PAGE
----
Indonesia's President Joko Widodo appoints Archandra Tahar as Energy and Mineral Resources Minister in a cabinet reshuffle, replacing Sudirman Said, according to local media.
Indonesia's President Joko Widodo appointed Archandra Tahar as the country's new Energy and Mineral Resources Minister in a cabinet reshuffle announced Wednesday as he strengthened his administration in dealing with global economic challenges, replacing incumbent Sudirman Said, local daily Jakarta Globe reported.
Archandra is not a stranger to Indonesia's oil and gas industry, having served as a consultant to state-owned PT Pertamina Hulu Energi in the Offshore North West Java (ONWJ) project, local industry publication Petromindo indicated. In addition, he was believed to have advised the Indonesian President on the type of facility to adopt for the Abadi liquefied natural gas (LNG) project in the Masela Production Sharing Contract (PSC) in the Arafuru Sea in eastern Indonesia.
Prior to that, Archandra was reportedly asked by national oil firm PT Pertamina in 2014 to be a consultant for its offshore L-Parigi project, Jakarta Globe said.
The new Indonesian Energy and Mineral Resources Minister is a mechanical engineering graduate from the Institut Teknologi Bandung (ITB), the counrty's oldest technology-oriented university. Archandra received a Master of Science and a doctorate in ocean engineering studies from Texas A&M University in 2001, according to Petromindo.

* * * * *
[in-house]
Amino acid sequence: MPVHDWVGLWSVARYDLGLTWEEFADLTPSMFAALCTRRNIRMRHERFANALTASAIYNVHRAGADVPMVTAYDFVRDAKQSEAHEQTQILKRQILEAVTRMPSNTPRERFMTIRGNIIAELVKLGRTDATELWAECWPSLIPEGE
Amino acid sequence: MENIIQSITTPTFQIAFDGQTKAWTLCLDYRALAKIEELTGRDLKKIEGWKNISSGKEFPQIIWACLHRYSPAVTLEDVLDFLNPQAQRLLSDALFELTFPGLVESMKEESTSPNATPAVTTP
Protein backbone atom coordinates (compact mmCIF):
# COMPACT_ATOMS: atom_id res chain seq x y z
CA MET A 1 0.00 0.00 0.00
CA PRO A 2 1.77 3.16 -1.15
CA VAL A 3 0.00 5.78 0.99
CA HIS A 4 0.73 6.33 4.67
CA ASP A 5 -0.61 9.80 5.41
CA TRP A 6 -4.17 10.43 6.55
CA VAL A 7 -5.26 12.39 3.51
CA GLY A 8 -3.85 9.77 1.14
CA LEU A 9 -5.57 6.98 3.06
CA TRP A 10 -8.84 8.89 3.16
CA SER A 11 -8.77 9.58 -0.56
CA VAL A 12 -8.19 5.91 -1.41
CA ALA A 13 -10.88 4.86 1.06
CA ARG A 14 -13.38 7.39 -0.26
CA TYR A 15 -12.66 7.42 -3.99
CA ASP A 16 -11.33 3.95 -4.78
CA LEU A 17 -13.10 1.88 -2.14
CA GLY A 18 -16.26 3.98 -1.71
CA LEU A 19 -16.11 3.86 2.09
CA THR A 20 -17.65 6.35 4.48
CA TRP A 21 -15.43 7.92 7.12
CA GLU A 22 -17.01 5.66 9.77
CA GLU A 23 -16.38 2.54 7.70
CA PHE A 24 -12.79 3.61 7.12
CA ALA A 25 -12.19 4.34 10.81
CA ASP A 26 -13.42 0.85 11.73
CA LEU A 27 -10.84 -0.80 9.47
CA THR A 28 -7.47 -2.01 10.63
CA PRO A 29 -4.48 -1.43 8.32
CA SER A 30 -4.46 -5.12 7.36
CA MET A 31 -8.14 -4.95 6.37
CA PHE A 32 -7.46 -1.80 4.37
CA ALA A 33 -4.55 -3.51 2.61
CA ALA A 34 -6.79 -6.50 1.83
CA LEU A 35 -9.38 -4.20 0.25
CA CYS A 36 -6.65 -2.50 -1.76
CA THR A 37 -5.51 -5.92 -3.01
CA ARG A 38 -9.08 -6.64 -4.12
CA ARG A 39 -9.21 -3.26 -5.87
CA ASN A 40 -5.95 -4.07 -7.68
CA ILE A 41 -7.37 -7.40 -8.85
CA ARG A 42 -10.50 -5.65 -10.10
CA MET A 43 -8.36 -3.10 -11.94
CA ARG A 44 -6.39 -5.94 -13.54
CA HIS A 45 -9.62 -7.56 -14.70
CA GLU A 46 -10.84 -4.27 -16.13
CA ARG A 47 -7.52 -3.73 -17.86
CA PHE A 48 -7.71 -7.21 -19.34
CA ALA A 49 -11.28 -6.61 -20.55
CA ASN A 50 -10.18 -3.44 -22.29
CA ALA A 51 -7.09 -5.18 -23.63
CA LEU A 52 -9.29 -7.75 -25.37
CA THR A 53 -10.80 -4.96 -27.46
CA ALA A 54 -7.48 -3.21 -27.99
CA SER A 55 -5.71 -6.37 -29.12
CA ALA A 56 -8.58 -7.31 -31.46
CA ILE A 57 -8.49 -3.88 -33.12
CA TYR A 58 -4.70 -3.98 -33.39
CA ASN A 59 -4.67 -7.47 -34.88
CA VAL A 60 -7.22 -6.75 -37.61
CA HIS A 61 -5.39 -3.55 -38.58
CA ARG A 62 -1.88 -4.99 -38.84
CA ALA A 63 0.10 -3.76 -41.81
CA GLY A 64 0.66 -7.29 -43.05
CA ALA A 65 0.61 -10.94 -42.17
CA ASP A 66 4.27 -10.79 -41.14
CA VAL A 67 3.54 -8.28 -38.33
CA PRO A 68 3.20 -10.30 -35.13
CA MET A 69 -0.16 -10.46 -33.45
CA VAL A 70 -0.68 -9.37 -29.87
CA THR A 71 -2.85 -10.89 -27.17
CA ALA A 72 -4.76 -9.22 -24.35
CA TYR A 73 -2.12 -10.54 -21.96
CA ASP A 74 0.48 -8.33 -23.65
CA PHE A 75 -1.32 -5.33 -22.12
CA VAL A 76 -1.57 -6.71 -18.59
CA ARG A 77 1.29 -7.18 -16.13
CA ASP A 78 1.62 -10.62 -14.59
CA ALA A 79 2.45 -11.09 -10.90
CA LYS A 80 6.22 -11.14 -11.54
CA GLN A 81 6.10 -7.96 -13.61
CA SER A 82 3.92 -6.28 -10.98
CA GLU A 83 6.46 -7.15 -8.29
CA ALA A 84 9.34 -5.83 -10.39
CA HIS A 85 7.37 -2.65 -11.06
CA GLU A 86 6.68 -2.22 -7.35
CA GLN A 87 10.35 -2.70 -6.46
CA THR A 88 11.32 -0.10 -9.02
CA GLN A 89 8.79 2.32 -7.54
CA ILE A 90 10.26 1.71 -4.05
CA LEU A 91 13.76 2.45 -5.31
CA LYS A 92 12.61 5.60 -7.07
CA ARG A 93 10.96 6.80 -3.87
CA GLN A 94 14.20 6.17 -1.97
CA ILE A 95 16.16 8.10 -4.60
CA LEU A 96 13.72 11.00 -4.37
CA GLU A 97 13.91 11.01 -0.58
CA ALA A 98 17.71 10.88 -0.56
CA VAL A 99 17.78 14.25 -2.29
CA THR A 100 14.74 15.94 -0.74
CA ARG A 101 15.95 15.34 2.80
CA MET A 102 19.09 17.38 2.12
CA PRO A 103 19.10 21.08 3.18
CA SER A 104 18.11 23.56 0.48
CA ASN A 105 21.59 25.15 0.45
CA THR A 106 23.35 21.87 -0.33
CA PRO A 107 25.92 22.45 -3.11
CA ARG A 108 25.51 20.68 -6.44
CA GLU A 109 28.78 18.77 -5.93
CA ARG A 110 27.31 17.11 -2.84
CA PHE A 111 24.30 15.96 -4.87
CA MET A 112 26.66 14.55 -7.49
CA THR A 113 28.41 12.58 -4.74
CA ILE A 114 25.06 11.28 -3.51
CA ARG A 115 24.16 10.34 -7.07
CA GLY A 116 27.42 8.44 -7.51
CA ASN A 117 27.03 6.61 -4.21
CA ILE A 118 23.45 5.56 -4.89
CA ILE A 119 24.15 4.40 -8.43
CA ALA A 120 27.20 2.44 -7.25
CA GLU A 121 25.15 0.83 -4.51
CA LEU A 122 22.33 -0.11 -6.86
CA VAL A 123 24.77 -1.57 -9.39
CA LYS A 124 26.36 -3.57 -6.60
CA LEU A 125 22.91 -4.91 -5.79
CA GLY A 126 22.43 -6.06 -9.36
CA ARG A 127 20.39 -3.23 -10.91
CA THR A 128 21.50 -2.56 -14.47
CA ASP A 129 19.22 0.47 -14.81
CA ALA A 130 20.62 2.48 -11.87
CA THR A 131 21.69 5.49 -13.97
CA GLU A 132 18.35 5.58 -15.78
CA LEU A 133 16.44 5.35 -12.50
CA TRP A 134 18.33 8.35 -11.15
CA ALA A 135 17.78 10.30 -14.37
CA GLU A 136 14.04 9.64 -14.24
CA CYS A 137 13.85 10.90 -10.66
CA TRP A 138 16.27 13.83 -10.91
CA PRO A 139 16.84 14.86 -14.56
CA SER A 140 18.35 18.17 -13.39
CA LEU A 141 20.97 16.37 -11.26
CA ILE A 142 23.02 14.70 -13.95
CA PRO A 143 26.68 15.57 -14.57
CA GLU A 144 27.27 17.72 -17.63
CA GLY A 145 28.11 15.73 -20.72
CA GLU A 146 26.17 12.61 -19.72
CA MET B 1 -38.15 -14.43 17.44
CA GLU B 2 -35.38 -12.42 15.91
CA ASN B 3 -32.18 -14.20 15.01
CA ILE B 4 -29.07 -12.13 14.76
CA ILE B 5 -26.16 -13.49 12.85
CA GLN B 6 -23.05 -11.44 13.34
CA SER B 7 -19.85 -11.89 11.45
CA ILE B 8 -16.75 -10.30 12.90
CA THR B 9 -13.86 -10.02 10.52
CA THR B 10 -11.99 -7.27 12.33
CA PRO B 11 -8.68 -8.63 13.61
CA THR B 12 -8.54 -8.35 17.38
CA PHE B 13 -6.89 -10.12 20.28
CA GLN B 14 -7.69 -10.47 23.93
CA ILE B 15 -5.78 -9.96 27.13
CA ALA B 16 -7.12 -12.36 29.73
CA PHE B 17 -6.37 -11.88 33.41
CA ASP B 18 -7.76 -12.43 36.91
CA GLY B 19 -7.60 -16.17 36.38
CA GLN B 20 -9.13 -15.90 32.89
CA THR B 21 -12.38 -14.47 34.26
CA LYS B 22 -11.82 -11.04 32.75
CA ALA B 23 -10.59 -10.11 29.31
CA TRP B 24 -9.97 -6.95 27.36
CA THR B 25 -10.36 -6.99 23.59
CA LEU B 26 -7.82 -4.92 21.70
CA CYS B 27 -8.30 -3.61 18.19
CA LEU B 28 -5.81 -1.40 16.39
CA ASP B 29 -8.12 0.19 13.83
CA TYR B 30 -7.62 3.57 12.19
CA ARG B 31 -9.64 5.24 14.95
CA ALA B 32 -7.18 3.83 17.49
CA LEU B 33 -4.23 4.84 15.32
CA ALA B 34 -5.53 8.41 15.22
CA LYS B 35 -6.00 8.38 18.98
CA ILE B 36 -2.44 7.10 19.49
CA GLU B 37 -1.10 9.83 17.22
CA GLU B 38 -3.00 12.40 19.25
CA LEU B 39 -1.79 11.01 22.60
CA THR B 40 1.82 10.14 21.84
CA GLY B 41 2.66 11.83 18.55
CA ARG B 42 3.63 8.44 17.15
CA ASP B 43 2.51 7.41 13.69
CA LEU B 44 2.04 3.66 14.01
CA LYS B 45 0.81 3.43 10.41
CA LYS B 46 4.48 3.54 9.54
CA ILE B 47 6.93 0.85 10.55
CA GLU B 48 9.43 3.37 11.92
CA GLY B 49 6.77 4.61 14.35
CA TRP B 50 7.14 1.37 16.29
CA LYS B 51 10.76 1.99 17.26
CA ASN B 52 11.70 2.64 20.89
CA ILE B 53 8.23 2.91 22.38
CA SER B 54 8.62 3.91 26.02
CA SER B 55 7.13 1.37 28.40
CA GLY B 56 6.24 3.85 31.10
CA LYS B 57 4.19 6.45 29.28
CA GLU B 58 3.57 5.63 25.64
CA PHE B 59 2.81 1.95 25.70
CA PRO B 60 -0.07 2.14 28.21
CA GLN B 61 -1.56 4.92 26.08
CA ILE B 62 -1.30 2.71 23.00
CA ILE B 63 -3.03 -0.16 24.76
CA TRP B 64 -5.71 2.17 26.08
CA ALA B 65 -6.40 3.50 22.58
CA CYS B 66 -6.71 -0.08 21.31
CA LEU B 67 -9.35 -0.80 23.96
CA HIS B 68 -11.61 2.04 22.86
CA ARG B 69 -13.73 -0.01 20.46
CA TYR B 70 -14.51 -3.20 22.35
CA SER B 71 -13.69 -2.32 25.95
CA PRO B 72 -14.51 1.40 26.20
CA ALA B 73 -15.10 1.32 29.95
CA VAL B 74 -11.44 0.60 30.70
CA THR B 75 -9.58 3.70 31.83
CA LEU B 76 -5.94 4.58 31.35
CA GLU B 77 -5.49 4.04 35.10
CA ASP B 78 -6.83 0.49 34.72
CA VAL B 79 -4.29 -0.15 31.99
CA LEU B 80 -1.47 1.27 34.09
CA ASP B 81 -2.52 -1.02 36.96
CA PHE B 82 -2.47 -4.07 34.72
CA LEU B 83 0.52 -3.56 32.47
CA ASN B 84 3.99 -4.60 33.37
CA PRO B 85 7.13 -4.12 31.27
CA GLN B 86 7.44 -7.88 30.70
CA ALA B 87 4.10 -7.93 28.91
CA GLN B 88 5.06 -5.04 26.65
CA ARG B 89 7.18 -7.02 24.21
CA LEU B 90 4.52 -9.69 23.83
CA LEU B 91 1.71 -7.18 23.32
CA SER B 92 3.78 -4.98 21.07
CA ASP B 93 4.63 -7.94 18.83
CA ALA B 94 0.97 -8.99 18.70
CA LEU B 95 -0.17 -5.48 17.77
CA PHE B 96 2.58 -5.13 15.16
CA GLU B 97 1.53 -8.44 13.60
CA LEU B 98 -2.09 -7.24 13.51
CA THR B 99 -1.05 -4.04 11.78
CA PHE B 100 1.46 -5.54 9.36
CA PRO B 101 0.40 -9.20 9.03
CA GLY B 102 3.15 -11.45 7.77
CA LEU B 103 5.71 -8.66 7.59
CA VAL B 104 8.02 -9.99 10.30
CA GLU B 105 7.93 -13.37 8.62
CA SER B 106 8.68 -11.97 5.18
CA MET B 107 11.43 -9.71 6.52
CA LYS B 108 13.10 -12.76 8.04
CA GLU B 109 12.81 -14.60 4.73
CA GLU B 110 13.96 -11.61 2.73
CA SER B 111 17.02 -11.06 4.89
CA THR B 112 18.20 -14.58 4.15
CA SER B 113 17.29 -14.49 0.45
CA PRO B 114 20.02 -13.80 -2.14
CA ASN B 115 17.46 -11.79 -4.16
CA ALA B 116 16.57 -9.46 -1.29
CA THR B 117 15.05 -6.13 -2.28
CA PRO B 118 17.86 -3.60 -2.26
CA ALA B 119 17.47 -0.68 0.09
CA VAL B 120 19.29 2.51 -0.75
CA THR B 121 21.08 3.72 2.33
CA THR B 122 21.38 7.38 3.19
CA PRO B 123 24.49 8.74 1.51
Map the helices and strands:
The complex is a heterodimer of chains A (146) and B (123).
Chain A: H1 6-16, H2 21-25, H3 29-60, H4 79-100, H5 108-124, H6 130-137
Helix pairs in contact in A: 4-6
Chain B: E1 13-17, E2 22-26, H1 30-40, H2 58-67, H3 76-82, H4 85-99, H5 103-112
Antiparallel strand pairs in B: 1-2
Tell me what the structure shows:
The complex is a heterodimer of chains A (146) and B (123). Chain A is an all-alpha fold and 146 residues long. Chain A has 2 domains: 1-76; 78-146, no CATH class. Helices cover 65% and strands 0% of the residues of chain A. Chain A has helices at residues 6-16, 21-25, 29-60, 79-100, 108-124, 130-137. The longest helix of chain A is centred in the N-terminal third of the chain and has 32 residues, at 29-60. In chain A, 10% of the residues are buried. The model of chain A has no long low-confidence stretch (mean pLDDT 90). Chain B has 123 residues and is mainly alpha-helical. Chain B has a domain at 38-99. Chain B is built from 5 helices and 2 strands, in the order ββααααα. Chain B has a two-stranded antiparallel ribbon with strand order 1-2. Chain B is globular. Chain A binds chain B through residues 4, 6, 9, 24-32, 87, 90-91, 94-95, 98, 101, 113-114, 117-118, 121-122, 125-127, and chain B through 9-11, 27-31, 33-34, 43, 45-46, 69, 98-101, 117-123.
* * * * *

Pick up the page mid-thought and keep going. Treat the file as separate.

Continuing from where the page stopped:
Meantime, Coordinating Maritime Minister Rizal Ramli, like Sudirman Said, was also dropped in the cabinet reshuffle. The two former cabinet colleagues clashed over their differing views on the Abadi LNG development.
Last September, Sudirman stated his support for the idea of developing the Abadi project in the Masela PSC with a floating liquefied natural gas (FLNG) facility as proposed by operator Japan's Inpex Corp. and its partner Royal Dutch Shell plc, contradicting Rizal's suggestion that an onshore facility would more efficient and sensible.
Rizal had argued that the gas field should be developed using an onshore LNG plant on Aru island instead in order to save on development spending. The proposed plan will include the construction of a 373-mile (600-kilometer) pipeline to connect Abadi gas field with the onshore Aru LNG plant. Rizal said the onshore development scheme would cost between $14.6 and $15 billion, compared to $19.3 billion for the FLNG scheme, and produce multiplier effects for the development of Aru island and the overall eastern part of the country.
President Joko Widodo decided in favor of the onshore development plan for the Masela PSC project in March, saying that this would be more beneficial for the Indonesian economy.
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